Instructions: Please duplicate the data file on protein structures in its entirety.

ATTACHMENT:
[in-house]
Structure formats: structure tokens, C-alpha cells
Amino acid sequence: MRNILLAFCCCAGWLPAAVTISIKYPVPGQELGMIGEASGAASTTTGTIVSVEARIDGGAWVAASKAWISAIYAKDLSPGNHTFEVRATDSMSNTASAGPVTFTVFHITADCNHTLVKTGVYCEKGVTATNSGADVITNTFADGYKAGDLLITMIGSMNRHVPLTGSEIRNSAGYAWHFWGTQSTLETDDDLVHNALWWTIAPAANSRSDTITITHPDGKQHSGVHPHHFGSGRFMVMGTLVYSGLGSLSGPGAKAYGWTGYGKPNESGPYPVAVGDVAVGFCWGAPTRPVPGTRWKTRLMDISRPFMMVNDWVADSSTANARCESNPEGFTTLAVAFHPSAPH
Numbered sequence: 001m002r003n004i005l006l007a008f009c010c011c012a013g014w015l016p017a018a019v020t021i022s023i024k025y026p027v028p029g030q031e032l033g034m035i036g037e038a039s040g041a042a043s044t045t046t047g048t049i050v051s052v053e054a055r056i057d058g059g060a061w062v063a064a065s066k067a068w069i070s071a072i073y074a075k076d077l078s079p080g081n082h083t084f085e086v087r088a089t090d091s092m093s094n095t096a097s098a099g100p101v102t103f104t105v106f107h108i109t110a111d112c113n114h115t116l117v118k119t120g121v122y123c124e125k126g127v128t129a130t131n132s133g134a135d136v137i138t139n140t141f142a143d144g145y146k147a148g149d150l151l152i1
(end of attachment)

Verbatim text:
[in-house]
Structure formats: structure tokens, C-alpha cells
Amino acid sequence: MRNILLAFCCCAGWLPAAVTISIKYPVPGQELGMIGEASGAASTTTGTIVSVEARIDGGAWVAASKAWISAIYAKDLSPGNHTFEVRATDSMSNTASAGPVTFTVFHITADCNHTLVKTGVYCEKGVTATNSGADVITNTFADGYKAGDLLITMIGSMNRHVPLTGSEIRNSAGYAWHFWGTQSTLETDDDLVHNALWWTIAPAANSRSDTITITHPDGKQHSGVHPHHFGSGRFMVMGTLVYSGLGSLSGPGAKAYGWTGYGKPNESGPYPVAVGDVAVGFCWGAPTRPVPGTRWKTRLMDISRPFMMVNDWVADSSTANARCESNPEGFTTLAVAFHPSAPH
Numbered sequence: 001m002r003n004i005l006l007a008f009c010c011c012a013g014w015l016p017a018a019v020t021i022s023i024k025y026p027v028p029g030q031e032l033g034m035i036g037e038a039s040g041a042a043s044t045t046t047g048t049i050v051s052v053e054a055r056i057d058g059g060a061w062v063a064a065s066k067a068w069i070s071a072i073y074a075k076d077l078s079p080g081n082h083t084f085e086v087r088a089t090d091s092m093s094n095t096a097s098a099g100p101v102t103f104t105v106f107h108i109t110a111d112c113n114h115t116l117v118k119t120g121v122y123c124e125k126g127v128t129a130t131n132s133g134a135d136v137i138t139n140t141f142a143d144g145y146k147a148g149d150l151l152i1